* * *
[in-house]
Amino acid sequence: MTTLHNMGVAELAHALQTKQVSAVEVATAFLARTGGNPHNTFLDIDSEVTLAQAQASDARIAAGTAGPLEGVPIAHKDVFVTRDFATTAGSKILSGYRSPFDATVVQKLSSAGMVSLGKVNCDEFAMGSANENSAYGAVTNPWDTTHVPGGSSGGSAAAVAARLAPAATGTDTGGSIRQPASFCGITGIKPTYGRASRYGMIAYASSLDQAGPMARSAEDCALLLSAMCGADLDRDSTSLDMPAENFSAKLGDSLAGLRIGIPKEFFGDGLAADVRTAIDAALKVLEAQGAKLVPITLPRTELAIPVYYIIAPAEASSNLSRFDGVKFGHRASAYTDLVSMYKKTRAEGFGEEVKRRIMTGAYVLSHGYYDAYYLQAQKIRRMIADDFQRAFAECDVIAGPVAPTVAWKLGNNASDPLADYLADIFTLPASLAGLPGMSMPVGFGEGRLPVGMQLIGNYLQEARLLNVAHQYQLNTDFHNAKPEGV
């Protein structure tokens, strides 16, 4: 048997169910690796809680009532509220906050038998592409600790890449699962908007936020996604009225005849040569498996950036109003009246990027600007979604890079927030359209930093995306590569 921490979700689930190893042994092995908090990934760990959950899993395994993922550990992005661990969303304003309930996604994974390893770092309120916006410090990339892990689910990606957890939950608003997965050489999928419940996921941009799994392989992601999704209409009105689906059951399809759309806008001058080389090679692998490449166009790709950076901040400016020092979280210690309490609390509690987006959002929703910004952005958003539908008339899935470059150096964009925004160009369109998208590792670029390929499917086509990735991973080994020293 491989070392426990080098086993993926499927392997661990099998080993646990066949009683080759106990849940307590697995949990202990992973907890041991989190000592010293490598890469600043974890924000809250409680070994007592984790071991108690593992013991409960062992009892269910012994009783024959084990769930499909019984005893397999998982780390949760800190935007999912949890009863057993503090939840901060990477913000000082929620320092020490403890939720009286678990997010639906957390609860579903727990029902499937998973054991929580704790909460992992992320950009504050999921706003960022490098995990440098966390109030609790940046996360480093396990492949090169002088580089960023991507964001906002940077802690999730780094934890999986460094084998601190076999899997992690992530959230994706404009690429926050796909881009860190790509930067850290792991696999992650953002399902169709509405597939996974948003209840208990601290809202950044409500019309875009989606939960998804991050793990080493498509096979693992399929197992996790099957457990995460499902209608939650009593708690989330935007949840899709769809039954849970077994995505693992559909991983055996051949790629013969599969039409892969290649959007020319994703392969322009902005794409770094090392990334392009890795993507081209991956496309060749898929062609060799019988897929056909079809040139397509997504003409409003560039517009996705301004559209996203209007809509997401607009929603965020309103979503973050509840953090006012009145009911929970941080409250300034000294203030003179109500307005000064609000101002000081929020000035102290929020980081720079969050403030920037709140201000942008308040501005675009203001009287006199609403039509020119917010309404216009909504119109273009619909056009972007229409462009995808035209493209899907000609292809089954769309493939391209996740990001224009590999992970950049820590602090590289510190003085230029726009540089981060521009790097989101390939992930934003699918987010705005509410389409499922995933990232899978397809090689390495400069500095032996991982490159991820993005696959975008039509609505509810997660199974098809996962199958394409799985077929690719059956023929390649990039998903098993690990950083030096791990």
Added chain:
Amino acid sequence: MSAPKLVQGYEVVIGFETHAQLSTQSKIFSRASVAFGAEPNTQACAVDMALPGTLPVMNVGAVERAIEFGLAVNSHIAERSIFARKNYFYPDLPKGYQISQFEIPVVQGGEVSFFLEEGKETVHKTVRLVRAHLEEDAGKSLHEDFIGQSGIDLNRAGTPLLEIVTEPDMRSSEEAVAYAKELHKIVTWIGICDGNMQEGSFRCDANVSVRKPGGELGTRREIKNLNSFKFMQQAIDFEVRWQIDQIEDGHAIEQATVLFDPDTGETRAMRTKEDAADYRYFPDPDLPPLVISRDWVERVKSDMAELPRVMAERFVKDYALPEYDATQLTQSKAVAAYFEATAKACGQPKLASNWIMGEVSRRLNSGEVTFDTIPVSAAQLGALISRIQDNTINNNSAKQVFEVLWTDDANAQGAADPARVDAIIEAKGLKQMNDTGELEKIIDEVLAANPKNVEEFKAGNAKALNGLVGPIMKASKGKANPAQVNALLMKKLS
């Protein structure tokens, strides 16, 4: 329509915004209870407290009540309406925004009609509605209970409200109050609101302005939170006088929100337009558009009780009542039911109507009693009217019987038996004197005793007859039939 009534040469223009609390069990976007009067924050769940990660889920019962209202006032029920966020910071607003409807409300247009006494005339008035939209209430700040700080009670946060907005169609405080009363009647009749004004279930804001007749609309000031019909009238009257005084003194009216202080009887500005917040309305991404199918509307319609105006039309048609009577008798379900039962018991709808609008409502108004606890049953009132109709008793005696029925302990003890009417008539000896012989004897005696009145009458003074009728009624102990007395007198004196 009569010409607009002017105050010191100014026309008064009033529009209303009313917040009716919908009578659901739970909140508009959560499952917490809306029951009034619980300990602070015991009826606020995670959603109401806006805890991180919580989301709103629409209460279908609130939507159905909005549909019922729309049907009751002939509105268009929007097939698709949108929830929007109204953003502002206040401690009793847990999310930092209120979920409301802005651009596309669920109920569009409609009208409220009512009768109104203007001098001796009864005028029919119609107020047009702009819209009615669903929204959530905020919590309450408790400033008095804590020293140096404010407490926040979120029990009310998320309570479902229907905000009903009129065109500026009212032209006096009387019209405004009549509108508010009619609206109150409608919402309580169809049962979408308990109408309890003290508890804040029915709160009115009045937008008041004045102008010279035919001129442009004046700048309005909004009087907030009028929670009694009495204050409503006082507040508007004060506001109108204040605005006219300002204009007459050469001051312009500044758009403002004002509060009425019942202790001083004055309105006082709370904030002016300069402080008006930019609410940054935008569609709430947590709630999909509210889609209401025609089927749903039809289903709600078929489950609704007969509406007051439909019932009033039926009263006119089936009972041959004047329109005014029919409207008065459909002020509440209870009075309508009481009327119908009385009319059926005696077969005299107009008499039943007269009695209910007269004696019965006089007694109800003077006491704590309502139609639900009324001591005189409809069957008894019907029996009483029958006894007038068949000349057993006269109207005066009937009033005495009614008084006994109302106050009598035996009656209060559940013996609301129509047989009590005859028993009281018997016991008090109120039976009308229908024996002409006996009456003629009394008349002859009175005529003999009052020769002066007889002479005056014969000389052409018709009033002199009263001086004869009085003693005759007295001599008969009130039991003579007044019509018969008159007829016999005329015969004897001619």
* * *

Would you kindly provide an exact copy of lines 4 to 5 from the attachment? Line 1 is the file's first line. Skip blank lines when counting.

Added chain:
Amino acid sequence: MSAPKLVQGYEVVIGFETHAQLSTQSKIFSRASVAFGAEPNTQACAVDMALPGTLPVMNVGAVERAIEFGLAVNSHIAERSIFARKNYFYPDLPKGYQISQFEIPVVQGGEVSFFLEEGKETVHKTVRLVRAHLEEDAGKSLHEDFIGQSGIDLNRAGTPLLEIVTEPDMRSSEEAVAYAKELHKIVTWIGICDGNMQEGSFRCDANVSVRKPGGELGTRREIKNLNSFKFMQQAIDFEVRWQIDQIEDGHAIEQATVLFDPDTGETRAMRTKEDAADYRYFPDPDLPPLVISRDWVERVKSDMAELPRVMAERFVKDYALPEYDATQLTQSKAVAAYFEATAKACGQPKLASNWIMGEVSRRLNSGEVTFDTIPVSAAQLGALISRIQDNTINNNSAKQVFEVLWTDDANAQGAADPARVDAIIEAKGLKQMNDTGELEKIIDEVLAANPKNVEEFKAGNAKALNGLVGPIMKASKGKANPAQVNALLMKKLS